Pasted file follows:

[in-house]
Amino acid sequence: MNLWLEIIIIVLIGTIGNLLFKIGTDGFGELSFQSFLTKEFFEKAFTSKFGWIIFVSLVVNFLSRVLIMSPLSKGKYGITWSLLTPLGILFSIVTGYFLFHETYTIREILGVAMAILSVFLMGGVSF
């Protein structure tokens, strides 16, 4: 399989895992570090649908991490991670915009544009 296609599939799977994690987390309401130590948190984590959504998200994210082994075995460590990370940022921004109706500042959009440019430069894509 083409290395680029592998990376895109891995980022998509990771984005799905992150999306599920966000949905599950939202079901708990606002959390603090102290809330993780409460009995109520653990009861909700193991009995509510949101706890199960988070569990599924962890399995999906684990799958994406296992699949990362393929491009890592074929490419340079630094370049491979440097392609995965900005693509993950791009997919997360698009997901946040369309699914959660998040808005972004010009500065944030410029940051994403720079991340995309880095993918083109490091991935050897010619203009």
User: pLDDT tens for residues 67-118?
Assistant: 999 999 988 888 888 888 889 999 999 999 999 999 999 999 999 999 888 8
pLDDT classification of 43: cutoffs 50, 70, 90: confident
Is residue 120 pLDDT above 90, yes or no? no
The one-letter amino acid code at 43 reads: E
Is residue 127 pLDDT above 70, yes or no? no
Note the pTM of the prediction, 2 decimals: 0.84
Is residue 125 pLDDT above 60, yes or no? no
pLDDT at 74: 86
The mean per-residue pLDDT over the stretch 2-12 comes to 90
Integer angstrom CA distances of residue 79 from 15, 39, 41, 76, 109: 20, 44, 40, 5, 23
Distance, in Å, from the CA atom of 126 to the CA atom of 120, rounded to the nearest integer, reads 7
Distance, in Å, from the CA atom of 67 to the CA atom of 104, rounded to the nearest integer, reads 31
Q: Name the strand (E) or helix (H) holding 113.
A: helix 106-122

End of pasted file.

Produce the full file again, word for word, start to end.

[in-house]
Amino acid sequence: MNLWLEIIIIVLIGTIGNLLFKIGTDGFGELSFQSFLTKEFFEKAFTSKFGWIIFVSLVVNFLSRVLIMSPLSKGKYGITWSLLTPLGILFSIVTGYFLFHETYTIREILGVAMAILSVFLMGGVSF
């Protein structure tokens, strides 16, 4: 399989895992570090649908991490991670915009544009 296609599939799977994690987390309401130590948190984590959504998200994210082994075995460590990370940022921004109706500042959009440019430069894509 083409290395680029592998990376895109891995980022998509990771984005799905992150999306599920966000949905599950939202079901708990606002959390603090102290809330993780409460009995109520653990009861909700193991009995509510949101706890199960988070569990599924962890399995999906684990799958994406296992699949990362393929491009890592074929490419340079630094370049491979440097392609995965900005693509993950791009997919997360698009997901946040369309699914959660998040808005972004010009500065944030410029940051994403720079991340995309880095993918083109490091991935050897010619203009």
User: pLDDT tens for residues 67-118?
Assistant: 999 999 988 888 888 888 889 999 999 999 999 999 999 999 999 999 888 8
pLDDT classification of 43: cutoffs 50, 70, 90: confident
Is residue 120 pLDDT above 90, yes or no? no
The one-letter amino acid code at 43 reads: E
Is residue 127 pLDDT above 70, yes or no? no
Note the pTM of the prediction, 2 decimals: 0.84
Is residue 125 pLDDT above 60, yes or no? no
pLDDT at 74: 86
The mean per-residue pLDDT over the stretch 2-12 comes to 90
Integer angstrom CA distances of residue 79 from 15, 39, 41, 76, 109: 20, 44, 40, 5, 23
Distance, in Å, from the CA atom of 126 to the CA atom of 120, rounded to the nearest integer, reads 7
Distance, in Å, from the CA atom of 67 to the CA atom of 104, rounded to the nearest integer, reads 31
Q: Name the strand (E) or helix (H) holding 113.
A: helix 106-122